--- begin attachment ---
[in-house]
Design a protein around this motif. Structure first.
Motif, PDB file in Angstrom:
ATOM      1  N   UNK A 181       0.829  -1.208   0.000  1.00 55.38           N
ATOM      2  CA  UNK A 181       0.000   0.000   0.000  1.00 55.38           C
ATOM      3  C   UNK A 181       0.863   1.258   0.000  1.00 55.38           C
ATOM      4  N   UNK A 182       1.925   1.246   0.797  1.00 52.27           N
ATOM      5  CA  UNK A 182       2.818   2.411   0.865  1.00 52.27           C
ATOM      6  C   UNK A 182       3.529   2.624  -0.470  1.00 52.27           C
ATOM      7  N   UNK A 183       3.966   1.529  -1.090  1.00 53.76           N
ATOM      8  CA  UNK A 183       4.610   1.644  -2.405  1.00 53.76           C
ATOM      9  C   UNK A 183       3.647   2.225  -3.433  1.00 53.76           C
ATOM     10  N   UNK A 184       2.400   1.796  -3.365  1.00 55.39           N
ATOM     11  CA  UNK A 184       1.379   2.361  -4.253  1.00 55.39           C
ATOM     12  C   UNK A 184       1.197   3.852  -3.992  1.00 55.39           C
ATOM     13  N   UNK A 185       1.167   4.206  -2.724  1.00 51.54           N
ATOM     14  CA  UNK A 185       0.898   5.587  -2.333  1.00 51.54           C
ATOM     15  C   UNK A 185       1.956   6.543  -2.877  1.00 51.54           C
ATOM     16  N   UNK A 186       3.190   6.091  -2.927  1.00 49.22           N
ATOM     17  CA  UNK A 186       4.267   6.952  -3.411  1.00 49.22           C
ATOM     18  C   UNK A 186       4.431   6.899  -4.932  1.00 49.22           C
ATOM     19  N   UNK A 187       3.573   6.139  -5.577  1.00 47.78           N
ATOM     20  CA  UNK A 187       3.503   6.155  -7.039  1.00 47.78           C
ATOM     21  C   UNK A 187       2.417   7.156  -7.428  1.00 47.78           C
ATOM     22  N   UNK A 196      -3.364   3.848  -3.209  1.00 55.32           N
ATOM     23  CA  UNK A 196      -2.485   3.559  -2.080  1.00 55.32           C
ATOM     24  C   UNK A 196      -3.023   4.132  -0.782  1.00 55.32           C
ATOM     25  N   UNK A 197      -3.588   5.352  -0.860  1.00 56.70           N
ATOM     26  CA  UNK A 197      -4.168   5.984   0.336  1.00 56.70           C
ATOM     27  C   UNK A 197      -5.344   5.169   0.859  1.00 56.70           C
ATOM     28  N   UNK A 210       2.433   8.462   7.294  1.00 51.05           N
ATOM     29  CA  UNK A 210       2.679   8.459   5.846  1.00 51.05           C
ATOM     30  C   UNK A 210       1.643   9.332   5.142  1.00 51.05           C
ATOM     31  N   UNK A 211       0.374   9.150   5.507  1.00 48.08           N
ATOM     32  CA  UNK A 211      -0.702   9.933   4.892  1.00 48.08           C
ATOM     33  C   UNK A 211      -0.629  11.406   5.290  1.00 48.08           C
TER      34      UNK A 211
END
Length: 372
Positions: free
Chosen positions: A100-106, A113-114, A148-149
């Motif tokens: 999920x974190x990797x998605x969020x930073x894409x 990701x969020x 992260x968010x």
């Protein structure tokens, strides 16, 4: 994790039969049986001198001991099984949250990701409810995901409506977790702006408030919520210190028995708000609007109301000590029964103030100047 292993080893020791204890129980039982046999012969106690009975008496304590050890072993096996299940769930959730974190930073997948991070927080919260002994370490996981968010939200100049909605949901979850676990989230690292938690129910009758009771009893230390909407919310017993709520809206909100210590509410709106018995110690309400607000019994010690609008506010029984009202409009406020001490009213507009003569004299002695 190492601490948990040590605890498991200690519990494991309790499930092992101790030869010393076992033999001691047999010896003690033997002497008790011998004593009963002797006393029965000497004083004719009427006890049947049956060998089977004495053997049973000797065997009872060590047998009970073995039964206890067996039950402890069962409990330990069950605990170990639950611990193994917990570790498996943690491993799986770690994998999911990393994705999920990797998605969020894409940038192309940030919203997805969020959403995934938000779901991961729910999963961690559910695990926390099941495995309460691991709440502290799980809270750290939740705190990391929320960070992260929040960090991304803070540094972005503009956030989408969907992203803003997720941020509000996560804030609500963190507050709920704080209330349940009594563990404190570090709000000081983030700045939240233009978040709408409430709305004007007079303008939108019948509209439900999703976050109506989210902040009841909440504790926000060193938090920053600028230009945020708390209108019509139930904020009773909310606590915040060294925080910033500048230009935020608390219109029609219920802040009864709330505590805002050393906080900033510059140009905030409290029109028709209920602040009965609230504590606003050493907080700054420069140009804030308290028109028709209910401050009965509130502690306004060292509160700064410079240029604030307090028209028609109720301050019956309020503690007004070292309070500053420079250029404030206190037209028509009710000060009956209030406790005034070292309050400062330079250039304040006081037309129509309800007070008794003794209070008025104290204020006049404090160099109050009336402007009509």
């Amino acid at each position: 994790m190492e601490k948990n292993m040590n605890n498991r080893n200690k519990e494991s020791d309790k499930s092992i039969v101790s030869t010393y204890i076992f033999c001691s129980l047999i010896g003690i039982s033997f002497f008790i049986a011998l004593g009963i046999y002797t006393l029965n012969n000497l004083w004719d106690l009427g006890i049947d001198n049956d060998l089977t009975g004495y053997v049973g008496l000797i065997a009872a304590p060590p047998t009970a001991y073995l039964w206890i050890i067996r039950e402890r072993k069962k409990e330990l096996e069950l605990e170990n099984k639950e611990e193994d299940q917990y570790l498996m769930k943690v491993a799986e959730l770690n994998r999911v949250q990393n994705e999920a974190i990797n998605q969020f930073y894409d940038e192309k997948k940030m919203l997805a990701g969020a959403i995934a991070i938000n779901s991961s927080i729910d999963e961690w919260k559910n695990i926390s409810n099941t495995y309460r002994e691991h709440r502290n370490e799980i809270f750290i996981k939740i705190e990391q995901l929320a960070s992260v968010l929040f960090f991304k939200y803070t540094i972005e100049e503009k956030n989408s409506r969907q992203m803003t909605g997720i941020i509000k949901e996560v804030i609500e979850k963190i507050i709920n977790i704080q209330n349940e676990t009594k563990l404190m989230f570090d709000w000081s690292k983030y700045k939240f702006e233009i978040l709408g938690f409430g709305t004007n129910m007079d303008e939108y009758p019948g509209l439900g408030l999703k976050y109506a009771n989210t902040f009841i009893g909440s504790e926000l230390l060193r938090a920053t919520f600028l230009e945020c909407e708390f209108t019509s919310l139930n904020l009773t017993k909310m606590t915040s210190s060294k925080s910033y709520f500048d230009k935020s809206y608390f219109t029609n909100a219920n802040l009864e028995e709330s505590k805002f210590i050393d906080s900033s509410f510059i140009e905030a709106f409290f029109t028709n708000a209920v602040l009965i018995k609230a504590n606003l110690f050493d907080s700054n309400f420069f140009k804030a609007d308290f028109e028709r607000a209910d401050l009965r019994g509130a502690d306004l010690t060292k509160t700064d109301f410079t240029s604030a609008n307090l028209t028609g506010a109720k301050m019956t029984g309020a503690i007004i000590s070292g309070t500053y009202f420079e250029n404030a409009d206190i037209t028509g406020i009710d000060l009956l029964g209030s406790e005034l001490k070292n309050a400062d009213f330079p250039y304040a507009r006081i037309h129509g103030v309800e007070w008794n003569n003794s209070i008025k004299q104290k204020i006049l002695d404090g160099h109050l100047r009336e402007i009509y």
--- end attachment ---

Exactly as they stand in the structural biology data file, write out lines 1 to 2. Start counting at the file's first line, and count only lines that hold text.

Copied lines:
[in-house]
Design a protein around this motif. Structure first.